Inducing artificial rain over the Yellow Sea has been proposed by the South Korea government as a method to reduce fine dust. What are your thoughts or experience on this approach to decrease air pollution?
It has been shown that it is sometimes possible to trigger rainfall. However, it is dependent on meteorological conditions, and it is not possible to guarantee rainfall everywhere on every day.
@akb: Thanks for sharing your thoughts on the proposed solution.
Do you know of a novel cutting edge approach, which has been helpful in reducing fine particulate pollution?
Hi @Shashi : I’m not aware of any effective solutions for extracting PM from the air.
It is widely recognised that the most effective solutions are those that prevent emissions at source. This means, for example, improving the efficiency of combustion processes, filtering the exhaust (with physical filters / membranes and/or electrostatic filters), preventing the emission of primary pollutants that are precursors to secondary air pollution, and switching to zero emission technologies (like electric vehicles).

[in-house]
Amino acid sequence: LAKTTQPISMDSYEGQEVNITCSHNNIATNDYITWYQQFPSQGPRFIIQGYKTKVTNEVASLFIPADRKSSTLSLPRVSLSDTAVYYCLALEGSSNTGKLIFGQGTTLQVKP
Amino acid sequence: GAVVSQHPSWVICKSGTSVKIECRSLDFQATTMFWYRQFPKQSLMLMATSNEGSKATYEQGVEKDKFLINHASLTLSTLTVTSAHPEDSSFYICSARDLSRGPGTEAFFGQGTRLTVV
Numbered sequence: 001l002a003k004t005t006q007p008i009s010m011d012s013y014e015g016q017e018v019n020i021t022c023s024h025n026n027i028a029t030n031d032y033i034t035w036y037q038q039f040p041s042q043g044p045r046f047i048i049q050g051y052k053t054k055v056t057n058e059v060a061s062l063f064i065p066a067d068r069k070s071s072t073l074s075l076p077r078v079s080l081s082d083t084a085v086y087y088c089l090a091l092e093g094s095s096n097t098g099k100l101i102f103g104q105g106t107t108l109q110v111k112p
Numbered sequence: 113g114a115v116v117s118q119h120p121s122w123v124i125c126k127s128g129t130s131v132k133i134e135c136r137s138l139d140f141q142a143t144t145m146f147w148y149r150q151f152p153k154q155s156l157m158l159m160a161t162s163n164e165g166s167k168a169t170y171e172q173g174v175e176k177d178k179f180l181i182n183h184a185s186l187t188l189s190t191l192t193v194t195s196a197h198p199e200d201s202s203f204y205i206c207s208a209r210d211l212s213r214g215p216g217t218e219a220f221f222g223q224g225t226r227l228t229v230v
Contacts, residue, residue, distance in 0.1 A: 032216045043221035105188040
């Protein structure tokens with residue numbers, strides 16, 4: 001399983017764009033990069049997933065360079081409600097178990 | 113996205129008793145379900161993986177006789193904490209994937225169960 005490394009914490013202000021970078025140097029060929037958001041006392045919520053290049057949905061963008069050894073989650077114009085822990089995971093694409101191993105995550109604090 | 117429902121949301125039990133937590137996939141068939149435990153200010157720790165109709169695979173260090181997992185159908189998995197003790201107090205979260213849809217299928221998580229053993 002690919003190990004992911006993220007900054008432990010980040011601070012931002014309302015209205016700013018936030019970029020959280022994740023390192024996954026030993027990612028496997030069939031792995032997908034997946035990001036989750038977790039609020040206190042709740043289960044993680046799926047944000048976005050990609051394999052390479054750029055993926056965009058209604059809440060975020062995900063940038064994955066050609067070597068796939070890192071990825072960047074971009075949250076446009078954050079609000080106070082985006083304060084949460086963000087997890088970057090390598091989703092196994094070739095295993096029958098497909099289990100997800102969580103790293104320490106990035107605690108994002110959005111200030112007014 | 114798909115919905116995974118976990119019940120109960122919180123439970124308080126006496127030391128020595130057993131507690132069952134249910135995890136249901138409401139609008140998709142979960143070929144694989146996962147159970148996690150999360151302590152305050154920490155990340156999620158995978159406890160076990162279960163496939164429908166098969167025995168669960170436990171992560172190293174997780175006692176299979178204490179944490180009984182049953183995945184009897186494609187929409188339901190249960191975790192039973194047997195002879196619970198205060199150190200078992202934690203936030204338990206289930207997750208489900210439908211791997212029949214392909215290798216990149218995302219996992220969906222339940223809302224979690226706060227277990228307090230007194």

We assume the electricity for EVs comes from clean renewable sources (e.g. solar, wind, wave, tidal and geothermal).
There is a consistent link between precipitation and decreased PM concentrations (https://link.springer.com/content/pdf/10.1007%2Fs12517-015-2163-2.pdf) and (https://www.ncbi.nlm.nih.gov/pmc/articles/PMC4555266/) (https://iopscience.iop.org/article/10.1088/1755-1315/78/1/012003). India typically sees lowest PM during monsoon season. This would suggest that manipulation of rainfall could impact PM concentrations. However the PM concentration is only reduced by ~50% during this season of extremely heavy rainfall. I would ultimately suspect that the cost benefit return on this type of project would be low.
We learned that people in charge of sensor stations for clean air in China would mist water over the sensors so the report would be better… Rain does clean the air, but large scale geoengineering is a dangerous game!! @JessicaYoon